Karimov, who began his political career when Uzbekistan was still part of the Soviet Union, officially became Uzbekistan's first president in September 1991, ruling the Soviet republic, and then country, for 27 years. Russian commentators have mixed emotions on the leader's political legacy.
"Throughout Karimov's reign, the entirety of the country's opposition has been either in prison or abroad…Only the laziest human rights activists have not commented on human rights violations in the country. The apotheosis of such violations, according to them, was authorities' shooting into a demonstration in May 2005 in the city of Andijan, which killed 187 people according to official statistics, and several times more, according to unofficial ones."
But neither was Karimov a villain, Mirzayan emphasized. The Andijan demonstration, organized by the Islamic Movement of Uzbekistan (a radical group now officially affiliated with Daesh) has been described by Tashkent as a successful effort to prevent a color revolution from breaking out in the country.
Karimov managed "to keep the country together under extremely difficult circumstances. His actions had perfectly rational reasons, in line with the kind of logic used throughout the region. The uprising in Andijan was by no means a pacifist march to petition the sultan. Rioters had taken over a prison, killed security officials, seized weapons and took hostages. In essence, what was at stake was an Uzbek version of Maidan, whose consequences for the country would have been very sad, and possibly catastrophic."
The Uzbek president, Mirzayan recalled, "fought the radicals in an uncompromising fashion, and did not allow Uzbekistan to become a breeding ground for terrorists. And in this respect, of course, he was an effective partner for Russia."
As far as Karimov's successor is concerned, Russian observers have mentioned several possible candidates, including Prime Minister Shavkat Mirziyoyev, Deputy Prime Minister Rustam Azimov, Rustam Inoyatov, the powerful head of the security service, and even Karimov's daughter, Lola Karimova-Tillyaeva. Under the country's constitution, the country must now hold elections in a maximum of three months to select a new president, with Parliament Speaker Nigmatilla Yuldashev formally charged with filling the void until then.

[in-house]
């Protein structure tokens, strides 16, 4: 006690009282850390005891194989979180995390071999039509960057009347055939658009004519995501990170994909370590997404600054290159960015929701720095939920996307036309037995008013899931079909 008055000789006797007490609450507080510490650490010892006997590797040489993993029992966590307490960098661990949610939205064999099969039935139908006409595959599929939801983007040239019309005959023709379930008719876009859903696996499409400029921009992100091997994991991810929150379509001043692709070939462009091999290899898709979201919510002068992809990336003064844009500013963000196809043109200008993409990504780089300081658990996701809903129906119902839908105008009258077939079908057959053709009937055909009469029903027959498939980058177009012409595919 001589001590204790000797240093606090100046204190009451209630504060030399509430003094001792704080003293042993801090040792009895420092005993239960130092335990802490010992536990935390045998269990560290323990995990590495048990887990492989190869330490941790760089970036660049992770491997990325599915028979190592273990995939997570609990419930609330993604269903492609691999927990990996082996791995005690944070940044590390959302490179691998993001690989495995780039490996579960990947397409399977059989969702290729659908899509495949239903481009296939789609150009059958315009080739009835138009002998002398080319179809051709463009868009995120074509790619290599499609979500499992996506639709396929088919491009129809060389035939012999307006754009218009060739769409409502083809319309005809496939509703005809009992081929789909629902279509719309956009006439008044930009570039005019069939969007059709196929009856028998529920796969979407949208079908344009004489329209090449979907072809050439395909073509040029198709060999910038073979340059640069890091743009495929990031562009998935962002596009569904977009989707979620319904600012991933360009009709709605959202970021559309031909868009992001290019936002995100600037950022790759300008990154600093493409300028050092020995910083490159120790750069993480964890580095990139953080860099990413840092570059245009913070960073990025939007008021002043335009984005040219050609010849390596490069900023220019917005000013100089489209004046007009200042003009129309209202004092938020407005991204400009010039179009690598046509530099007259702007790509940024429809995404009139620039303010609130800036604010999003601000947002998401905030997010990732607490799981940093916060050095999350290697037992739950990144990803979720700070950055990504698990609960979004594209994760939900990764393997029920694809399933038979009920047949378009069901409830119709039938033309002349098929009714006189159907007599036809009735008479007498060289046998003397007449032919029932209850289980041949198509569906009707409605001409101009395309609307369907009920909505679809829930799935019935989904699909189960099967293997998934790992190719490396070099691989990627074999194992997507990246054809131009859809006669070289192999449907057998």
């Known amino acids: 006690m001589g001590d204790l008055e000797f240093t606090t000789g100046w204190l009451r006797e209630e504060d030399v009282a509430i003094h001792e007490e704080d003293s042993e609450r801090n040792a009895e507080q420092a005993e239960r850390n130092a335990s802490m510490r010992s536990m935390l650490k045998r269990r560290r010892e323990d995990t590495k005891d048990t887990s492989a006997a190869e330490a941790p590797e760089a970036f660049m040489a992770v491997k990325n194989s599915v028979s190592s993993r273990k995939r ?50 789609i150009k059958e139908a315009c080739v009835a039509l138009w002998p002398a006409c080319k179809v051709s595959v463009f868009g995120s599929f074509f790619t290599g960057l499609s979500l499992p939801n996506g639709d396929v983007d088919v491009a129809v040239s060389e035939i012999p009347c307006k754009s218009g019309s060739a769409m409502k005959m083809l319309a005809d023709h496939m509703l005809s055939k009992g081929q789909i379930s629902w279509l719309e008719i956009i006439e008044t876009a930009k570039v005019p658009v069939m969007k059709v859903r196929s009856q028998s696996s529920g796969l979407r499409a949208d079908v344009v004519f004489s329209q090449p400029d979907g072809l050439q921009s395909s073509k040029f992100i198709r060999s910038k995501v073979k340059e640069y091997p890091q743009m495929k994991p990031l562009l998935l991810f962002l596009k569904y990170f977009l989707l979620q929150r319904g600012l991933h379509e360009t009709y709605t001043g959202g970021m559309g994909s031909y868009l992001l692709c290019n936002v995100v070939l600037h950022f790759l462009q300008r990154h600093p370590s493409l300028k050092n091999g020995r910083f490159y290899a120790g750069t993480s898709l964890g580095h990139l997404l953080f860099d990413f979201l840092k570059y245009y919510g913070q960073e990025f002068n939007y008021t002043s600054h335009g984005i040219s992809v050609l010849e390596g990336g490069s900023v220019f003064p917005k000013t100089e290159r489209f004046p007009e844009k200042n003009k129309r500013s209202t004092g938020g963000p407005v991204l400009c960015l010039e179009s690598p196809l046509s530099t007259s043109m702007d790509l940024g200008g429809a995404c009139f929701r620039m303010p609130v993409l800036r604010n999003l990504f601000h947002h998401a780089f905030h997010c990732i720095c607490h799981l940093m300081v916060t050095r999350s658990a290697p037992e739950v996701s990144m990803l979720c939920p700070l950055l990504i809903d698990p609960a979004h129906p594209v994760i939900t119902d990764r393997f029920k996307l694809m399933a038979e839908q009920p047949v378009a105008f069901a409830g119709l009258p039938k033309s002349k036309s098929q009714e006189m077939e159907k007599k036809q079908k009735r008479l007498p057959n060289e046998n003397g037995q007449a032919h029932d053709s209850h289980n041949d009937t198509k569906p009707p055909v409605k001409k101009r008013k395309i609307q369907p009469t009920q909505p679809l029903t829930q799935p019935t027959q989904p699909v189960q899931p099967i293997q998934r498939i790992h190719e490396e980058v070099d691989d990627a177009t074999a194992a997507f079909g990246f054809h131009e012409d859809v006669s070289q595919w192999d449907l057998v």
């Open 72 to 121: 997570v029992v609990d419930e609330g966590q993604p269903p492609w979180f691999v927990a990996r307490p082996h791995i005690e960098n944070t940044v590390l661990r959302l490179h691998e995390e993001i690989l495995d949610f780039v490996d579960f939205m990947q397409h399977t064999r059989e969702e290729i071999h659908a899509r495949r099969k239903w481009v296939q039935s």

For his part, Mirzayan believes that a successor has already been chosen behind the scenes. "From this perspective, the name of the new Sultan is not so important." During Karimov's time in office, the political system was effectively fine-tuned for reaching compromise in the event of the leader's death. "Within the three month timeout, [the elite] can come to an agreement on who the new president will be."
Another option, of course, may be to elect a figurehead leader, which is a common practice in the region, the analyst recalled.
"Whatever option is chosen by Karimov's confidants, it will be accompanied by consensus within the elite (and perhaps the effort to create this consensus helps explain the delay in the announcement on Karimov's incapacitation and death)."
"Of course, security officials and apparatchiks may come to blows among themselves, with the clever among them using Islamist groups for the internal struggle. However, everyone is also perfectly aware that doing so would undermine the main pillar of their own legitimacy – the stability for the sake of which the country's population is ready to tolerate an authoritarian government."
Whoever is picked to become the new president, Mirzayan is convinced that he or she will be forced to initiate serious reforms in both domestic and foreign policy, the former aimed at reducing the threat of radical Islam, the latter at normalizing relations with Uzbekistan's neighbors – Tajikistan and Kyrgyzstan. Ties with these countries had been ruined by personal political animosities, by historical conflicts and issues surrounding water resources.